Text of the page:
Download New Innovative Material The Kings School Robin HillsLonsdaleite

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Nicola Sergeant and Jeana Kent
Mrs I. Krynauw
The King’s School Robin Hills
We chose this material,
because it is not very common or
something you hear about often. Also,
because it was named in honour of a
lady named Kathleen Lonsdale and you
don’t often hear about a scientific
discovery named after a woman.
Delight yourself in
Lonsdaleite is an allotrope of carbon,
also called “hexagonal diamond”,
because of the hexagonal lattice. It
occurs naturally, forming when
meteorites containing graphite hit the
Earth. The graphite transforms into
diamond due to the extreme heat and
pressure of the impact. Scientists have
also managed to synthesise Lonsdaleite
in a laboratory. Lonsdaleite was first
discovered in 1967 in the Canyon
Diablo meteorite. There are no
current applications of this
Lonsdaleite is translucent, but is a
greyish colour when in crystal form
and a brownish-yellow colour
when in broken fragments.
It has a hexagonal shape due to
the interlocking rings of six carbon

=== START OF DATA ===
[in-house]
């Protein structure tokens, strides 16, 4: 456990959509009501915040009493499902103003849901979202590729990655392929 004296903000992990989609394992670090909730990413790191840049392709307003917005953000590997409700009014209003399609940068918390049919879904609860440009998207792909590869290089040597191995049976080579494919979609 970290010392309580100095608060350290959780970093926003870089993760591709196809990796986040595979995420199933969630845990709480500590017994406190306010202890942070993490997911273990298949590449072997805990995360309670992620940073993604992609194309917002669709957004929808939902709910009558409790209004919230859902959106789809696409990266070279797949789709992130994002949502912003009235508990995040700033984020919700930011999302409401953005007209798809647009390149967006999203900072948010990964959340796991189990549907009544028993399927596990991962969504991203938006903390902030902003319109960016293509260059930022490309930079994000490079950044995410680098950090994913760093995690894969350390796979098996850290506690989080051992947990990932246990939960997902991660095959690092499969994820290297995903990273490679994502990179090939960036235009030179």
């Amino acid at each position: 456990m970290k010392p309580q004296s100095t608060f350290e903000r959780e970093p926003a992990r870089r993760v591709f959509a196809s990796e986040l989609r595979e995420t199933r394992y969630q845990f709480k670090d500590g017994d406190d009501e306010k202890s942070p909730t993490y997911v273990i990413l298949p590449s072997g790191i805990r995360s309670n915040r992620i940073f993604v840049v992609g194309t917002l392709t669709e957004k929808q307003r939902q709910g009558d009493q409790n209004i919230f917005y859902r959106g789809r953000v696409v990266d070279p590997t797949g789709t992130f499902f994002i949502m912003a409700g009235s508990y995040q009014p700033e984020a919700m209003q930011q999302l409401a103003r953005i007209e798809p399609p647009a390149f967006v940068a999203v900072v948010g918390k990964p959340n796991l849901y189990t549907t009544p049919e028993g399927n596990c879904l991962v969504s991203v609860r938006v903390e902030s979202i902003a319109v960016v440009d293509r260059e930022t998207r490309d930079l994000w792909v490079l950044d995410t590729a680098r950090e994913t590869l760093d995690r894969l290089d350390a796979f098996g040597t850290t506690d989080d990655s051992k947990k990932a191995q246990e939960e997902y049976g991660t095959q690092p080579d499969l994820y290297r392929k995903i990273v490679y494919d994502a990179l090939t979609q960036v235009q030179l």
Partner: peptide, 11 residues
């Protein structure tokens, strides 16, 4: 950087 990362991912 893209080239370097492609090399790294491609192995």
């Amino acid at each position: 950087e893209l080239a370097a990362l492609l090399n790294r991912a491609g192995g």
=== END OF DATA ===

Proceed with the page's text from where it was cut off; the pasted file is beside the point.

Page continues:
It is said to be 58% stiffer than
It is a very good conductor of heat.
Future Applications
Seeing as though scientists have
already synthesised Lonsdaleite
successfully in a laboratory, they could
create more and use it in similar
applications as industrial diamonds are
used currently. It has potential for high
pressure applications and research as it
is much stronger and stiffer than
current materials. Examples of use are
as conductors of heat, anvils, cutting
tools and drill bits.
The atomic structure of
References on back
Ralph, J. & Chau, I. Date unknown. Lonsdaleite. Date accessed: 2014/08/29.
Qingkun, L., Yi, S., Zhiyuan, L. & Yu, Z. 2011. Lonsdaleite – A material stronger and stiffer than diamond. Date
accessed: 2014/08/29.
Diamond and Lonsdaleite. Date unknown. Google Images. Date accessed: 2014/08/29.
Lonsdaleite datasheet, ©2001-2005 Mineral Data Publishing, version 1.